Before turning to a description of the present invention, reference is first made to FIG. 1 which illustrates an X-ray detector 10 having a housing 12 of a metal or metal alloy and having an end plate 14 of metal or metal alloy attached to it by bolts 16. The end plate is sealed to the housing 12 by an 0-ring seal 18 made of compressible material such as rubber. The housing 12 includes a chamber 20 closed at one end by a window 22 formed of a relatively thin sheet of material readily penetrated by X-rays, for example, aluminum. The opposite end of the chamber 20 is closed by the end plate 14. Extending through the end plate 14 are collector plates 24, 26 which are sealed by tape or epoxy seals 28, 30, respectively. Also disposed in the chamber are electrically conductive voltage plates 32, 34 connected by electrical conductors 36, 38, respectively, to electrical contacts 40, 42, respectively, which extend through the end plate 14 and are sealed with gaskets 44, 46. While shown as including multiple collector plates and multiple voltage plates, many of such collectors are simply provided with a single collector plate and a single electrically conductive plate. Radiation enters the chamber 20 through the window 22 and ionizes a gas, such as, for example, xenon gas, contained within the chamber 20. The electrical charge on the voltage plates 32, 34 causes the ions to migrate toward the conductive elements on the collection plates 24, 26 where the accumulated charge is measured as an electrical current. In this manner, the magnitude of the X-ray radiation penetrating into the chamber 20 is determined by means of the transfer of charge to electrical conductors on the circuit boards 24, 26.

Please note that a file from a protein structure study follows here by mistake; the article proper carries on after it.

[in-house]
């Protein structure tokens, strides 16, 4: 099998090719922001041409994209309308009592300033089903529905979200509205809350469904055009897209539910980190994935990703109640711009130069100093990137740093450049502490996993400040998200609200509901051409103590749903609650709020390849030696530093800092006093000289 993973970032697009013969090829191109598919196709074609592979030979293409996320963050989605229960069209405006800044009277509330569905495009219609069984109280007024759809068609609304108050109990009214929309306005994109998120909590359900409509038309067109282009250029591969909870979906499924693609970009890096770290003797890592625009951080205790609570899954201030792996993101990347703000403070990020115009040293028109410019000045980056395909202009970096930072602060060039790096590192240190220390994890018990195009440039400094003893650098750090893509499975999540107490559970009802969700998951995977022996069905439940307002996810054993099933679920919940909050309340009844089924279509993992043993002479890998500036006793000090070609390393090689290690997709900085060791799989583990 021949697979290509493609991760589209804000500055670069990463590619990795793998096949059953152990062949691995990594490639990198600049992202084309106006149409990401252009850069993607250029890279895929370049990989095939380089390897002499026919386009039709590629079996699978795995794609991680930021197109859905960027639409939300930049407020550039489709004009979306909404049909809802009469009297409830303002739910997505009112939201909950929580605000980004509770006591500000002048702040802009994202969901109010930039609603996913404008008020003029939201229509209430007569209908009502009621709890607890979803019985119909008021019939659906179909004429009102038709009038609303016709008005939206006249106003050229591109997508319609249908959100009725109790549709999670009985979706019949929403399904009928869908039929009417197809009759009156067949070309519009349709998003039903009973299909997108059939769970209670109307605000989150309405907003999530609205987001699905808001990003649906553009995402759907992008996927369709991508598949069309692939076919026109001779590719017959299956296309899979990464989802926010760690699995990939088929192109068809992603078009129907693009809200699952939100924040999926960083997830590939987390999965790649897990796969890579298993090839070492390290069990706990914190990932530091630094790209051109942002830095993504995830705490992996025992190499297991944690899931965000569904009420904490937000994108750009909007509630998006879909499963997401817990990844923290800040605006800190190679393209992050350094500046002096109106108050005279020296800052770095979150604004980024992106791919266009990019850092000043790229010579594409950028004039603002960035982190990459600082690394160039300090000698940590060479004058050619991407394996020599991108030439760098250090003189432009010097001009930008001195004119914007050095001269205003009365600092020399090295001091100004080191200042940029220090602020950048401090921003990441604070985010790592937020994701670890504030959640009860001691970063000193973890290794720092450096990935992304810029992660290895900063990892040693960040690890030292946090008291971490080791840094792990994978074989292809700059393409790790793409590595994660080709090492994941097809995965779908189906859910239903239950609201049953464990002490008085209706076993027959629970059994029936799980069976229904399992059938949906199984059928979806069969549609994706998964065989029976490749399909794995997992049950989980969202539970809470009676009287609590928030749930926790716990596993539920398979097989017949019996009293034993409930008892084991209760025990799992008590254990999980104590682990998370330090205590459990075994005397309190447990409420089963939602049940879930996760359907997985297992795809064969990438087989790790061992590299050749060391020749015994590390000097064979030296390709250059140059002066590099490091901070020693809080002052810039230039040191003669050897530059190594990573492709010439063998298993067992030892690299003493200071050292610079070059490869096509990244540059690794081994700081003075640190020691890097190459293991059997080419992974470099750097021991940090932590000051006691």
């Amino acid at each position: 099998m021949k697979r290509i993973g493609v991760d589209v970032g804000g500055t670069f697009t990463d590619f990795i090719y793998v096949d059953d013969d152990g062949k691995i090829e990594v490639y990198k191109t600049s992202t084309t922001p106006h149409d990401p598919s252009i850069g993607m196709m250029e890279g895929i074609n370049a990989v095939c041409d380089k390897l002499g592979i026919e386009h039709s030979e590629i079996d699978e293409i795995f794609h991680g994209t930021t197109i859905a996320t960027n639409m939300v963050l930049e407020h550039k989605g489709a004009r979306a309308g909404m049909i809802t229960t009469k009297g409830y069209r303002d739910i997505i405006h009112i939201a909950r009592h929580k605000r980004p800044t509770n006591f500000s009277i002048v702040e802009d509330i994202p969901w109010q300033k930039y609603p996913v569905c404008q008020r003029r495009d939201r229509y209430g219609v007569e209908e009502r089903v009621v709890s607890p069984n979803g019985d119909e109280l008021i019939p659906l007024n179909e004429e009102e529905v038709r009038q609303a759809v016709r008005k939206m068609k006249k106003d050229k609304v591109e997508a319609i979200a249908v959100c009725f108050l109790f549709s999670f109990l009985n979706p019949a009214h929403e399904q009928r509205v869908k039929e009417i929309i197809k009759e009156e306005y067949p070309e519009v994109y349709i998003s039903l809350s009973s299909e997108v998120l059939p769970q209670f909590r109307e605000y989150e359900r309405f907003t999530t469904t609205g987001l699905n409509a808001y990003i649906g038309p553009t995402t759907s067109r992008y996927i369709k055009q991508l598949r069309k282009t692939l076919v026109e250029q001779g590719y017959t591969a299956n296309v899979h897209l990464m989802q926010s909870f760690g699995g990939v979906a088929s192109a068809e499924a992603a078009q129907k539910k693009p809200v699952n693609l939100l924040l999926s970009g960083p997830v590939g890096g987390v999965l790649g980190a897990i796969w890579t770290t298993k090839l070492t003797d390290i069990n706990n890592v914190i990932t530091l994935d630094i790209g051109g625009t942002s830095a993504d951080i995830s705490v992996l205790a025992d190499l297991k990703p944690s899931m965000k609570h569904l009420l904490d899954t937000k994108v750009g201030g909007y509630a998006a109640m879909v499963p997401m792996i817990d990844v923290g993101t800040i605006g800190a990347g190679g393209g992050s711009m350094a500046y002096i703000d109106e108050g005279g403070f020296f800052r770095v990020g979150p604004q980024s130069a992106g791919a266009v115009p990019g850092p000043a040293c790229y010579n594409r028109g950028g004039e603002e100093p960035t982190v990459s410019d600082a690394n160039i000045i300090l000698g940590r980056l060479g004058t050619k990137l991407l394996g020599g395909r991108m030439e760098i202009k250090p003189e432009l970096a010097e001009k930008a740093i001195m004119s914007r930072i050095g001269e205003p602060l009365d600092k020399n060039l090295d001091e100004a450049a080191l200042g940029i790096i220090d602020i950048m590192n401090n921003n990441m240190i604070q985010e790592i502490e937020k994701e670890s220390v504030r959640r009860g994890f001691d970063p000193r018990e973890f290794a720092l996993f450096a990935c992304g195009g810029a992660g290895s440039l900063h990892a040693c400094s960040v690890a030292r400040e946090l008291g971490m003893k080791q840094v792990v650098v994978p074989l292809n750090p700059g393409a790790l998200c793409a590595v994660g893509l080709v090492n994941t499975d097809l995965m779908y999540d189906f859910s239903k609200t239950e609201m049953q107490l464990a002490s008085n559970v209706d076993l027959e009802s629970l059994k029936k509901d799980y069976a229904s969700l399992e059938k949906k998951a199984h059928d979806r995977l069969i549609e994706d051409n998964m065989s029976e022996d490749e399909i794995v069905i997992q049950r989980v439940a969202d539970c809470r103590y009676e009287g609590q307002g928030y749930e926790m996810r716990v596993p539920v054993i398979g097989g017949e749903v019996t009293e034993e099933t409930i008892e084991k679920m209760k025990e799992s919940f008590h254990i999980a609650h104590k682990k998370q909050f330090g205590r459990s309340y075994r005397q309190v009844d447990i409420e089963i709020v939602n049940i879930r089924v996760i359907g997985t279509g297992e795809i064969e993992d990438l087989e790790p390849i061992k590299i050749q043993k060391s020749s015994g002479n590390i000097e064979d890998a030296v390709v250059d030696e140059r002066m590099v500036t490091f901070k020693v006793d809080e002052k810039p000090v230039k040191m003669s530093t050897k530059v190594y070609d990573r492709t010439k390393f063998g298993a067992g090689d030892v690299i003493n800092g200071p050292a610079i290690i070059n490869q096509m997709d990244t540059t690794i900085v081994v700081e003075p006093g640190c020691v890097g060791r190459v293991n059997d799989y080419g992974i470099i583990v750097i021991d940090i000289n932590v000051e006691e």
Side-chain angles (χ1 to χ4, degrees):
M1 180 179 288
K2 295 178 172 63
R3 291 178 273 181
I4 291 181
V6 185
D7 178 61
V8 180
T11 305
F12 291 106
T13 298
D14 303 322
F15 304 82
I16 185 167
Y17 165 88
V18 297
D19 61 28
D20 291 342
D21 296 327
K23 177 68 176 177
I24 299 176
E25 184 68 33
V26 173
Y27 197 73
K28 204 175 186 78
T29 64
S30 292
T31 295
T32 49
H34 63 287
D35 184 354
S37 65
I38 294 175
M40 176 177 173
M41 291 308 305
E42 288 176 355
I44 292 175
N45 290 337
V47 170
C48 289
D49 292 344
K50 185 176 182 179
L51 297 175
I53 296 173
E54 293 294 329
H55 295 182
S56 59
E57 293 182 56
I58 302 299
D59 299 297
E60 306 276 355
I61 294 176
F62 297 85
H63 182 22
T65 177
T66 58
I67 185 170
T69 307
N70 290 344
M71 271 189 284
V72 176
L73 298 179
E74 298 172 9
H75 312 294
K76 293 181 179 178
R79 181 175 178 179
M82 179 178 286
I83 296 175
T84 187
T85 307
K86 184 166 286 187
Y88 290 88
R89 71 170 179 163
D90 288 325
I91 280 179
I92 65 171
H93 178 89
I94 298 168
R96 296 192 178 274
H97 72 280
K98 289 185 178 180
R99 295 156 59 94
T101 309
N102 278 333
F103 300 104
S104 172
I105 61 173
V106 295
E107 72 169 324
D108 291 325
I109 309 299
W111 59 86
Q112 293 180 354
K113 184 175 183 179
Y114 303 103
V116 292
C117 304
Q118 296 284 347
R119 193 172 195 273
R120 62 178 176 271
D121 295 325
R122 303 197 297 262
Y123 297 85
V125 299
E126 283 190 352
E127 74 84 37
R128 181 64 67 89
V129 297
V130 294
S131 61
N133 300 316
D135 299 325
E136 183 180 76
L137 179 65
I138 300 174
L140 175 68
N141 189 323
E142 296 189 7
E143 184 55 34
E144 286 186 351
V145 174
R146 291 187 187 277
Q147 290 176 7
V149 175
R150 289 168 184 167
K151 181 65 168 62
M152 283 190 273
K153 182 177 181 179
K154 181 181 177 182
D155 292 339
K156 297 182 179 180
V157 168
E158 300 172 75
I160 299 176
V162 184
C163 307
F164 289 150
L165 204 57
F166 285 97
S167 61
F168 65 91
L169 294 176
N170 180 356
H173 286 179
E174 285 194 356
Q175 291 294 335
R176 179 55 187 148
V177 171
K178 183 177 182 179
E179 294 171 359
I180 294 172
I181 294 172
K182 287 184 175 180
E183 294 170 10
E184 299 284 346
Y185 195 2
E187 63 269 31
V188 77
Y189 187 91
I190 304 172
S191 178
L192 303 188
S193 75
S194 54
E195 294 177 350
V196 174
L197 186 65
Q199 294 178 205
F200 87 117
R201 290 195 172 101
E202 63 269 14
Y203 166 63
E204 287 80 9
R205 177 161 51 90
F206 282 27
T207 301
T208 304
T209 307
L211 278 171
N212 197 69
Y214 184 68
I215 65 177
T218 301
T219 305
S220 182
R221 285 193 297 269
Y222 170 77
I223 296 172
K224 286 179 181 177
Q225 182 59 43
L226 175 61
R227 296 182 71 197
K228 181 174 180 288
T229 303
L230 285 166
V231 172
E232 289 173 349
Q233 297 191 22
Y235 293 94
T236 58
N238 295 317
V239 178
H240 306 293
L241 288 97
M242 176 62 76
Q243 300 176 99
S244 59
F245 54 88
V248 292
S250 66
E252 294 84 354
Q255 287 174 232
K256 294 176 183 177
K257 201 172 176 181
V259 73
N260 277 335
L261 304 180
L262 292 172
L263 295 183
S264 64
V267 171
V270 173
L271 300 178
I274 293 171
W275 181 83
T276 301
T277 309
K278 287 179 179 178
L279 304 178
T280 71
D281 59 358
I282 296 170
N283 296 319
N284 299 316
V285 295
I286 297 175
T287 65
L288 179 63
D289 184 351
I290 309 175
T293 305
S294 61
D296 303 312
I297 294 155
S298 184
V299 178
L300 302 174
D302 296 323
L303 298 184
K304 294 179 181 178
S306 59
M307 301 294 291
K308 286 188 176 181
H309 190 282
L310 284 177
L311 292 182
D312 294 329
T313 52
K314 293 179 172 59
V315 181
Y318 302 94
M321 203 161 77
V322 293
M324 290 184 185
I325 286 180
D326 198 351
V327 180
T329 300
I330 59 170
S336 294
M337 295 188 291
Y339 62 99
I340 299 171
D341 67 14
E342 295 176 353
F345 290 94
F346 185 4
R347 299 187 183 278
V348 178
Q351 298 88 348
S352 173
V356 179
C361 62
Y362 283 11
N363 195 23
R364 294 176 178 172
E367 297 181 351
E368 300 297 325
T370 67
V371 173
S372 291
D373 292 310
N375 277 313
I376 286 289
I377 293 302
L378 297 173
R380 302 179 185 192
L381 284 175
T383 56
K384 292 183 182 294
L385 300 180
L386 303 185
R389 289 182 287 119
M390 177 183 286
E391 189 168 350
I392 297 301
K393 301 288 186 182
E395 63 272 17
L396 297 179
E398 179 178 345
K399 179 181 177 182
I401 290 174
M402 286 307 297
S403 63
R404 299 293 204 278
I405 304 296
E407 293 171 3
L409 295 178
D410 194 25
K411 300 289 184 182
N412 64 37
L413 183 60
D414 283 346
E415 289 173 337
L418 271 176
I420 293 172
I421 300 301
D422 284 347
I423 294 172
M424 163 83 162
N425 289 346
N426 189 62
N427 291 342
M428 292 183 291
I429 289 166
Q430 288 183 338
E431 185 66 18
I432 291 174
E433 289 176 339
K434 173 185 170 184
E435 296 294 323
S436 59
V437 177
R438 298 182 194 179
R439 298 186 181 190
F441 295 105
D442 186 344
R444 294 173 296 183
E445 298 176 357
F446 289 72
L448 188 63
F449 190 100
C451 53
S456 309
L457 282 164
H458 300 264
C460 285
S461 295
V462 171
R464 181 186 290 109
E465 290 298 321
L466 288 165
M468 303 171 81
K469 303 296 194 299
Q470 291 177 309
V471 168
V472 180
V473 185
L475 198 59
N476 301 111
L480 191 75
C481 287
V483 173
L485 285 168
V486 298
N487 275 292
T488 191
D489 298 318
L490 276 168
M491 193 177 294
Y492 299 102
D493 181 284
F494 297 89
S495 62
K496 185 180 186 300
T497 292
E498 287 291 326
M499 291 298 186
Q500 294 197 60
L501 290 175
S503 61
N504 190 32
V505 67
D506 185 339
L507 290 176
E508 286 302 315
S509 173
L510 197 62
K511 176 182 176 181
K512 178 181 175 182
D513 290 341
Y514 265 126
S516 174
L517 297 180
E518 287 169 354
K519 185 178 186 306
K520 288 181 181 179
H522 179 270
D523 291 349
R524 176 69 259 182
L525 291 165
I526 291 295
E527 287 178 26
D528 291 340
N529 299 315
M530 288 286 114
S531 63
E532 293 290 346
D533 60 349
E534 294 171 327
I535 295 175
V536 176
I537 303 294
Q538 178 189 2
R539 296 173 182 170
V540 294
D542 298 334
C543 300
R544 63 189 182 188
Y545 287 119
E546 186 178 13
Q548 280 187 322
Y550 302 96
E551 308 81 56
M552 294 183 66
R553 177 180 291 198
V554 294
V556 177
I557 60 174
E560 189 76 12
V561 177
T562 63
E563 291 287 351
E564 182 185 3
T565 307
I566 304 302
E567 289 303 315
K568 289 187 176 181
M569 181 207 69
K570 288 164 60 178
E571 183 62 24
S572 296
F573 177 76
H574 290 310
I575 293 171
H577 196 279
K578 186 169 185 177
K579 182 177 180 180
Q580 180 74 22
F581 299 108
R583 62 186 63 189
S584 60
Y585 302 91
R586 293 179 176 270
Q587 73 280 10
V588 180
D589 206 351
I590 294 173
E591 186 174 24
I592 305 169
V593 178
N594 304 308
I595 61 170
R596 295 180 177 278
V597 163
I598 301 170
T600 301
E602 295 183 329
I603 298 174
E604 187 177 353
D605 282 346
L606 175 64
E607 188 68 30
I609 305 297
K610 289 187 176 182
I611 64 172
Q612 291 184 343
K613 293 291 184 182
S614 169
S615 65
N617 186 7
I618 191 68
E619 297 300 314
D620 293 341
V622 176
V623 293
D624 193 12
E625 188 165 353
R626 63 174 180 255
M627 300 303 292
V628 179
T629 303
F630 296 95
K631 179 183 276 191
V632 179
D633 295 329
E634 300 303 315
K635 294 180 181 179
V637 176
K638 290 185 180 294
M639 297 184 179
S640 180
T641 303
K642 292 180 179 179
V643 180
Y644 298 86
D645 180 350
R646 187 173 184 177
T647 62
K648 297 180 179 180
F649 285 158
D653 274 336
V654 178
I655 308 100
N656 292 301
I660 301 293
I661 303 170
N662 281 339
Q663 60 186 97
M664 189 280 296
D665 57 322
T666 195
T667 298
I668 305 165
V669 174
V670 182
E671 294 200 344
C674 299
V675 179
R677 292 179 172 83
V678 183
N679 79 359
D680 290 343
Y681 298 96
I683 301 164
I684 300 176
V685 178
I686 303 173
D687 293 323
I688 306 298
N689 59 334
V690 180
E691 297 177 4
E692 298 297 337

FIG. 2 is a cross-sectional view of an ionization detector using a single board and single electrically conductive voltage plate. The arrangement in FIG. 2 has been more effective in reducing the bowing of the window or of the chamber housing itself as compared to the arrangement of FIG. 1. In FIG. 2, a chamber 50 within a housing 52 is constructed with an oval configuration. An increased mass of material is positioned both above and below the chamber 50 in order to provide structural strength for the chamber. The housing 52 includes an aluminum front portion 54 and a steel rear portion 56. A window 58 is formed in front portion 54 and has an inner surface 60 which is slightly curved such that the window thickness indicated by dimension 62 is approximately 1/8 of an inch, resulting in a 1/8 inch thick window through which the X-rays entering the chamber 50 can pass, a thickness necessary to prevent deformation under the high gas pressure. The window is not uniformly thick since it has a curved shape but does have a substantially uniform thickness in the area adjacent the external collimator blocks 64 and 66. A detector board 68 is sealed at a slot 70 using epoxy cement to establish a seal 72. A plurality of bolts 74 pass between the front and rear sections of the housing 52 and firmly attach one to the other. The collimator plates 64 and 66, generally constructed of tungsten, define a slit 76 between their parallel faces 78 and 80, The slit 76 may be in the range of 0.0115 inch to assure that the X-rays entering the chamber 50 are collimated to be substantially parallel. The collimator plates 64 and 66 are generally mounted on a collimator support 82 which is supported upon a base 84 on which the housing 52 is mounted. In other words, there is no direct physical connection between the collimator plates 64, 66 and the window 58. In the form illustrated in FIG. 2, the rear housing portion 56 is formed in a substantially C-shaped configuration out of a steel material. The forward half of the detector chamber 50 is formed by the front aluminum housing portion 54 also having a substantial C-shape configuration but which fits within a cutout portion or recess 90 formed in the steel housing portion 56. The aluminum housing portion 54 is bolted to the steel housing portion 56 by the clamp screws 74. These clamp screws may be cap headed screws which enable them to be recessed within countersunk bores 86 in the aluminum housing. An 0-ring type seal 88 and a steel gasket 90 are clamped between the housing portions to provide a gas seal.